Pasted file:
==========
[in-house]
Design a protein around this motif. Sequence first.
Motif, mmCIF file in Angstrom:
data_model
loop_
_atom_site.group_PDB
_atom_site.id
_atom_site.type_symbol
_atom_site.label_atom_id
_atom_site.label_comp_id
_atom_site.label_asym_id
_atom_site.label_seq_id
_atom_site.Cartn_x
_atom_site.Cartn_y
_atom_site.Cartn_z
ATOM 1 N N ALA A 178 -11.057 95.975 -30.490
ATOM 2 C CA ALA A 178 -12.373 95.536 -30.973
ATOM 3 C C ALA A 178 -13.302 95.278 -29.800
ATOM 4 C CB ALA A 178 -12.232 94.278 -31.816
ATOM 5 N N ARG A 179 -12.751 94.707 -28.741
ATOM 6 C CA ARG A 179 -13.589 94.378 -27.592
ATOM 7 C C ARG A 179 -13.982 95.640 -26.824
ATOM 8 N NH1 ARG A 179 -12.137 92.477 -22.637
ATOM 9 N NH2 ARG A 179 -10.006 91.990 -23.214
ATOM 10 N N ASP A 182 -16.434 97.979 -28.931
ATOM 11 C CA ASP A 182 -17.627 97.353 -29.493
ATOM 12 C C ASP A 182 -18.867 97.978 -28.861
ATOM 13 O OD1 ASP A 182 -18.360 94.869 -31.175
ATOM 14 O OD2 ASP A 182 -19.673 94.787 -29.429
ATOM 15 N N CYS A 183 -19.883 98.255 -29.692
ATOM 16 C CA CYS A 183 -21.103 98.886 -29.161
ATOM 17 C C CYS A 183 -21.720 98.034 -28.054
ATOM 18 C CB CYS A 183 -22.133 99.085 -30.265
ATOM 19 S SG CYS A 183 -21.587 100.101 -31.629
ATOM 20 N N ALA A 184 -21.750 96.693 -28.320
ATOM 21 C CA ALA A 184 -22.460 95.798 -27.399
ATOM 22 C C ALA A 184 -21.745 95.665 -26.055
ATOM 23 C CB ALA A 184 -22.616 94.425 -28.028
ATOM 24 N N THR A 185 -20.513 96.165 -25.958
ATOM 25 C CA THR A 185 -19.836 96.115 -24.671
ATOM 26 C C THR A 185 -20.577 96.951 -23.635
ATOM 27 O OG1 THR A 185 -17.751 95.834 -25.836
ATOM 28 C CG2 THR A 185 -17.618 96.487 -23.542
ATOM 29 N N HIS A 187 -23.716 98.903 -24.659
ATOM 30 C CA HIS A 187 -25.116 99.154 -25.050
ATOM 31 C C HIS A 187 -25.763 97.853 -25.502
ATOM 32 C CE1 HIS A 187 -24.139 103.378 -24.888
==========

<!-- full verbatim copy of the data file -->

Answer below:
[in-house]
Design a protein around this motif. Sequence first.
Motif, mmCIF file in Angstrom:
data_model
loop_
_atom_site.group_PDB
_atom_site.id
_atom_site.type_symbol
_atom_site.label_atom_id
_atom_site.label_comp_id
_atom_site.label_asym_id
_atom_site.label_seq_id
_atom_site.Cartn_x
_atom_site.Cartn_y
_atom_site.Cartn_z
ATOM 1 N N ALA A 178 -11.057 95.975 -30.490
ATOM 2 C CA ALA A 178 -12.373 95.536 -30.973
ATOM 3 C C ALA A 178 -13.302 95.278 -29.800
ATOM 4 C CB ALA A 178 -12.232 94.278 -31.816
ATOM 5 N N ARG A 179 -12.751 94.707 -28.741
ATOM 6 C CA ARG A 179 -13.589 94.378 -27.592
ATOM 7 C C ARG A 179 -13.982 95.640 -26.824
ATOM 8 N NH1 ARG A 179 -12.137 92.477 -22.637
ATOM 9 N NH2 ARG A 179 -10.006 91.990 -23.214
ATOM 10 N N ASP A 182 -16.434 97.979 -28.931
ATOM 11 C CA ASP A 182 -17.627 97.353 -29.493
ATOM 12 C C ASP A 182 -18.867 97.978 -28.861
ATOM 13 O OD1 ASP A 182 -18.360 94.869 -31.175
ATOM 14 O OD2 ASP A 182 -19.673 94.787 -29.429
ATOM 15 N N CYS A 183 -19.883 98.255 -29.692
ATOM 16 C CA CYS A 183 -21.103 98.886 -29.161
ATOM 17 C C CYS A 183 -21.720 98.034 -28.054
ATOM 18 C CB CYS A 183 -22.133 99.085 -30.265
ATOM 19 S SG CYS A 183 -21.587 100.101 -31.629
ATOM 20 N N ALA A 184 -21.750 96.693 -28.320
ATOM 21 C CA ALA A 184 -22.460 95.798 -27.399
ATOM 22 C C ALA A 184 -21.745 95.665 -26.055
ATOM 23 C CB ALA A 184 -22.616 94.425 -28.028
ATOM 24 N N THR A 185 -20.513 96.165 -25.958
ATOM 25 C CA THR A 185 -19.836 96.115 -24.671
ATOM 26 C C THR A 185 -20.577 96.951 -23.635
ATOM 27 O OG1 THR A 185 -17.751 95.834 -25.836
ATOM 28 C CG2 THR A 185 -17.618 96.487 -23.542
ATOM 29 N N HIS A 187 -23.716 98.903 -24.659
ATOM 30 C CA HIS A 187 -25.116 99.154 -25.050
ATOM 31 C C HIS A 187 -25.763 97.853 -25.502
ATOM 32 C CE1 HIS A 187 -24.139 103.378 -24.888